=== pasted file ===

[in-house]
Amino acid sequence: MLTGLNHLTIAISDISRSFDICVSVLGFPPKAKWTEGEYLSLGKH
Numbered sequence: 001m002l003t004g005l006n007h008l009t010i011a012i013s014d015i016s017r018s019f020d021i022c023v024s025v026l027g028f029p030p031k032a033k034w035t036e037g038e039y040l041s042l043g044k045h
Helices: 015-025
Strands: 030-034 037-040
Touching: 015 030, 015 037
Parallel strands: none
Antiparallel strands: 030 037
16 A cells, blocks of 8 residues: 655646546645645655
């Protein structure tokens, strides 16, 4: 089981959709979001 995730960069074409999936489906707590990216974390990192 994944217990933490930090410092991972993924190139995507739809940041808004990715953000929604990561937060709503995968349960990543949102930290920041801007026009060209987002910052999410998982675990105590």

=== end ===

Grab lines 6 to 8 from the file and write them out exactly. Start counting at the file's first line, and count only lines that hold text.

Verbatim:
Touching: 015 030, 015 037
Parallel strands: none
Antiparallel strands: 030 037